When asked whether the Royal Navy will board fishing boats in the event of a no deal Brexit, Mr Raab admitted the UK has “always had the ability to take enforcement action” on foreign vessels. He noted extra vessels have been agreed in no deal planning. The Ministry of Defence said four Royal Navy patrol ships will be ready on January 1 to help protect Britain’s fishing waters in the event of no deal.
Speaking to BBC’s Andrew Marr show, Mr Raab said: “We will adhere to all the rules in the international law and the others rules that apply to make sure we can enforce in a proportionate way our fisheries.
“That’s why for the French this is crazy to end up without a trade deal when they’re making such aggressive demands on fisheries.
“If we leave without a trade deal, they will have zero assured access to our fisheries.”
Mr Marr interjected: “This could get quite nasty, couldn’t it?”
Mr Raab continued: “I don’t think on our side.
“We are quite pragmatic in the Northern Ireland context, we want to resolve things.
“The Prime Minister has shown the leadership, our team are hard at it.
“But it’s the EU that has been politically very aggressive about this.”
Post-Brexit trade talks have entered their final day with the UK and European Union continuing last ditch efforts to find a breakthrough on a deal before the weekend deadline.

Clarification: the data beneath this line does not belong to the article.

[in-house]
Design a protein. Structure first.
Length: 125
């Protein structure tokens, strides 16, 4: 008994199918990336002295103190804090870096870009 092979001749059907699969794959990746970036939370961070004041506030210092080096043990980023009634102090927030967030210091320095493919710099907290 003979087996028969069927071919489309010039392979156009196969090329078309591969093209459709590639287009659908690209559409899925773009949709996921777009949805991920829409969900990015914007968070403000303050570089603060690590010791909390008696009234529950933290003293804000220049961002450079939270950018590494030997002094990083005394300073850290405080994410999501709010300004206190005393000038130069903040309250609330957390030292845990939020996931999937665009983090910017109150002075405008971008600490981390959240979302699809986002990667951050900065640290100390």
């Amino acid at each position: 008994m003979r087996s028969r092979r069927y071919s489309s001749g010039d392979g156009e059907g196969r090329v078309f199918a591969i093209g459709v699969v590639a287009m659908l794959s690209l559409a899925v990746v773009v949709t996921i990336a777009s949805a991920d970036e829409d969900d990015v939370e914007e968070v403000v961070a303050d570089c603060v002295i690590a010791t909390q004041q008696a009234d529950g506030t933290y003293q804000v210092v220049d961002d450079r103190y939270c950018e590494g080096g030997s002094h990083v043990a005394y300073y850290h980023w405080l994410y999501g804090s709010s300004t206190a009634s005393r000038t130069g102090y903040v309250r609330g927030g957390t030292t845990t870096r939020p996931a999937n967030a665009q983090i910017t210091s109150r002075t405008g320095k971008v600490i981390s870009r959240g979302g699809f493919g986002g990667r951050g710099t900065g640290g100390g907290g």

Negotiators were set to carry on discussions into the early hours while Boris Johnson will again speak with European Commission president Ursula von der Leyen on Sunday, despite pessimism from both sides.
Sources in the British Government warned the offer on the table from the EU was still “unacceptable” to the UK, with the country teetering on the edge of a no-deal Brexit that is predicted to cost jobs and force food prices to increase.
The trade talks continue to be deadlocked over the thorny issues of fishing rights and the so-called level playing field “ratchet” that would tie the UK to future EU standards.
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Mr Johnson and his European counterpart previously had a dinner meeting in Brussels during the week in which both agreed a firm decision on the future of negotiations was needed by the end of the weekend.
The outlook after discussions on Saturday was described as “very difficult” but officials said the Prime Minister was determined to explore every option to secure a free trade agreement.
A Government source said: “Talks are continuing overnight, but as things stand the offer on the table from the EU remains unacceptable.
“The Prime Minister will leave no stone unturned in this process, but he is absolutely clear: any agreement must be fair and respect the fundamental position that the UK will be a sovereign nation in three weeks’ time.”